Wiebe ’14 Confirms Balls of Steel, Raises Dialogue Through Performative Sculpture

For those of you who think that walking to Usdan without a parka and boots is ‘braving’ the [pseudo] snowstorm, try spending your next couple days and nights in the wooden structure pictured above. Well, you don’t have to, because Will Wiebe 14′ has already taken on the task. If you happen to walk by Russell House in the next couple days, you might notice a conspicuous, wooden tent on the front lawn, and you might see Will Wiebe all cozied up inside. Wiebe built the tent for his sculpture class, but the project was not complete until yesterday afternoon when he moved in for the remainder of the week and the weekend.

This performative sculpture raises dialogue surrounding the ideas of land ownership, privilege, independence, and property ownership. The independence exercised in the execution of this piece—the fact that Wiebe built the tent himself and set it down without consulting the university—raises interesting questions about our relationship with physical space.

Ben Doernberg ’13, like a true WesKid, emphatically identified a controversial aspect of this project: how it violates the code of non-academic conduct, which states that “Symbolic structures (e.g., displays, statues, booths, banners, shanties, tents) must be approved by the dean of students according to standard procedures.” This controversy brings one to ask, are we no longer allowed to inhabit homes that we have built with our own hands? Can we not choose where we live? Do modern societal notions contradict basic notions of freedom and independence? Wiebe would argue that they do. His bold decision to bypass administrative approval supports his idea of reclaiming space and exercising control, as a free individual, over that space. His self-reliance throughout the project, and his unabashed claiming of the space, speaks to the issue of obtaining a home in this economic climate, how modern society makes it so difficult to exercise the basic human right of obtaining shelter through simple means.

This project has a profound historical significance as well. The location of the tent is essential, because Russell House, with its grandiose pillars that just scream colonial American bourgeoisie, is, according to Wiebe, “a placeholder for the original displacement of the Native American population occasioned by the establishment of Middletown.” Wiebe brings to light the disturbing reality that all of this land we inhabit and ‘own’ has been obtained by means of relentless massacre and theft. Before the pilgrims arrived in the new world, Native Americans were living peacefully on the land, and their society had no concept of land ownership—the earth was beyond human grasp and could not be owned. After early Americans began to rape, pillage, and steal Native villages, they called it American land, and instituted the concept of ownership in a place where no such idea had ever been present. The act of building and inhabiting a structure on university owned property raises questions about the nature of property ownership. Should Wiebe’s claiming of that space be prohibited or allowed? How can the university and the greater Middletown community own stolen land? Does Wiebe now ‘own’ the land underneath his tent just because he decided to set it down in that spot?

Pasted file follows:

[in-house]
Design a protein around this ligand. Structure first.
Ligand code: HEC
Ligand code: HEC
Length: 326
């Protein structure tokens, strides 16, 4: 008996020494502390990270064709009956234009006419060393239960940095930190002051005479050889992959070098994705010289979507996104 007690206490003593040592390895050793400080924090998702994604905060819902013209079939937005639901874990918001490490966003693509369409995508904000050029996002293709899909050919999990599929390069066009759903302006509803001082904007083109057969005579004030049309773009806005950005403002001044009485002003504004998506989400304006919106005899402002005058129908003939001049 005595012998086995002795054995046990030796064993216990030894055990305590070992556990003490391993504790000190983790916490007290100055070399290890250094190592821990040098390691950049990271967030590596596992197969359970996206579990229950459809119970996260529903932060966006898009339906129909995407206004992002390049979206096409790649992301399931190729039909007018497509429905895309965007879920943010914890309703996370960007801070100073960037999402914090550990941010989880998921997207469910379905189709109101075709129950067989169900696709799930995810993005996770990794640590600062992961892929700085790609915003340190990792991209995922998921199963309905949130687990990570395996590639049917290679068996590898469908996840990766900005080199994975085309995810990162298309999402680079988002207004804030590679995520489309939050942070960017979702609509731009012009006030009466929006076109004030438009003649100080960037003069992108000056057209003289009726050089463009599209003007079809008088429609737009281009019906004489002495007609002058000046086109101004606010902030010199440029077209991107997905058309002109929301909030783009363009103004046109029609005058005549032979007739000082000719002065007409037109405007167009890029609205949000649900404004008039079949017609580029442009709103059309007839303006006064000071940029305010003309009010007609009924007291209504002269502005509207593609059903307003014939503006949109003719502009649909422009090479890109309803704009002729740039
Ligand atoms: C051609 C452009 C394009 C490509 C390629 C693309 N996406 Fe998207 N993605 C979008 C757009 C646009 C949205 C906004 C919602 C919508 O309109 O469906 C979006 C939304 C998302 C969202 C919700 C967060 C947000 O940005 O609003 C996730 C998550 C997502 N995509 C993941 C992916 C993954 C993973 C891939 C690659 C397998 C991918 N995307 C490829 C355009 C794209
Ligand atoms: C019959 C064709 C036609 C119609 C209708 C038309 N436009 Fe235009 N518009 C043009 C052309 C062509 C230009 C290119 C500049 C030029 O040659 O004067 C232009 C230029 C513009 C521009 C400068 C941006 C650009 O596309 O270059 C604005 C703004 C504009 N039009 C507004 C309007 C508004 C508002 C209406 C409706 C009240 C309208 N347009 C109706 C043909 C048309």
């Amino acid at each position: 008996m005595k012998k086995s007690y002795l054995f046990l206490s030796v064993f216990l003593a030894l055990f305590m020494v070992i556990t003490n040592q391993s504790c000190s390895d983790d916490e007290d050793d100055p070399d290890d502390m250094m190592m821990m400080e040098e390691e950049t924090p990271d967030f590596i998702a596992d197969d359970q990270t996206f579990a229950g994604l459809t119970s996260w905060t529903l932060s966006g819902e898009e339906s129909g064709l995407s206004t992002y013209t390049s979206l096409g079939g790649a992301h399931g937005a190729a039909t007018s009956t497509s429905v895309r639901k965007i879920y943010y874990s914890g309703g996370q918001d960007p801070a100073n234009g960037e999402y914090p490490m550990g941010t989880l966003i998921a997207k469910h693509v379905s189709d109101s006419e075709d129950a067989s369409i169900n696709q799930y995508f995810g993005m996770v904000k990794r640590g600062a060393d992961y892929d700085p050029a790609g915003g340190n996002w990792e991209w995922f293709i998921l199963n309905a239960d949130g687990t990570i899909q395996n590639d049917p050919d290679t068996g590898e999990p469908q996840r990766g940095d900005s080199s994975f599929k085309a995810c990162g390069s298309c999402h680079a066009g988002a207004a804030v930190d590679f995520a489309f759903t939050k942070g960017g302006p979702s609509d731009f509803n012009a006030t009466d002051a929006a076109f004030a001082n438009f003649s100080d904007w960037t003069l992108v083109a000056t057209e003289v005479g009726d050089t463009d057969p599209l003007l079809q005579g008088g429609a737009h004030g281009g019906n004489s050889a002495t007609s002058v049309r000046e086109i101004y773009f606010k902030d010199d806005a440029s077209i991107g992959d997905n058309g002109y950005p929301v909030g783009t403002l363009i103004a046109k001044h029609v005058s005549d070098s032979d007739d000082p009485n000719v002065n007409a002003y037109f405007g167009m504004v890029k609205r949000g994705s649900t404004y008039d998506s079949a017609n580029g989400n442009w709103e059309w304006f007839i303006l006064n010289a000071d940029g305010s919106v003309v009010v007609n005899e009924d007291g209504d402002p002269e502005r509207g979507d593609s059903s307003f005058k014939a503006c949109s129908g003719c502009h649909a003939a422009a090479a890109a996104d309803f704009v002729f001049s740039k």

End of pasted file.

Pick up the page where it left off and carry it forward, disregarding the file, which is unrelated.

Above all, this project is an impressive display of grit. Though Wiebe had not anticipated the snowstorm, he decided to pursue his vision and go through with it. The tent is sealed and insulated, but I can only imagine how cold it will get at night. When asked about the possibility of freezing to death, Wiebe responded, “I’ll be fine. I’ve got some water, a flashlight, and a sleeping bag.”

I am a little concerned that he didn’t mention food in that list, but hey, a lack of nourishment just adds to the stew of social commentary.

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6 thoughts on “Wiebe ’14 Confirms Balls of Steel, Raises Dialogue Through Performative Sculpture

  1. goatmilk

    This is awesome – we’ve certainly got a very manicured, controlled space here. It opens the same dialogues as the chalking debate but puts them into a deeply historical scope.

  2. Jwow

    This is pretty awesome and I agree with the sentiments. One comment though:

    The question “[d]o modern societal contradict basic notions of freedom and independence?” presupposes that “freedom” and “independence” are concepts that exist external to this debate about space and ownership; in fact, the opposite is the case. The belief that “freedom” and “independence” are natural rights grew out of an Early Modern intellectual climate that used these ideas to rationalize and justify colonialism, racism, and institutionalized oppression. There is nothing “basic” about these concepts, which any thorough look into their genealogies will show.

    Once again, that’s not to say I disagree with this RuHo land reclamation–I totally endorse it. I just think it’s important to know that the idea of “exercising one’s freedom” is no less complicit in “the original displacement of the Native American population” than Samuel Russell himself was.

    1. Will

      Arguably I (the artist) didn’t write this piece and the aforementioned is not a quote of my own–it’s the interpretation of shawarma. I’d encourage you to get in contact with me and learn about the inspiration and motive behind my project.

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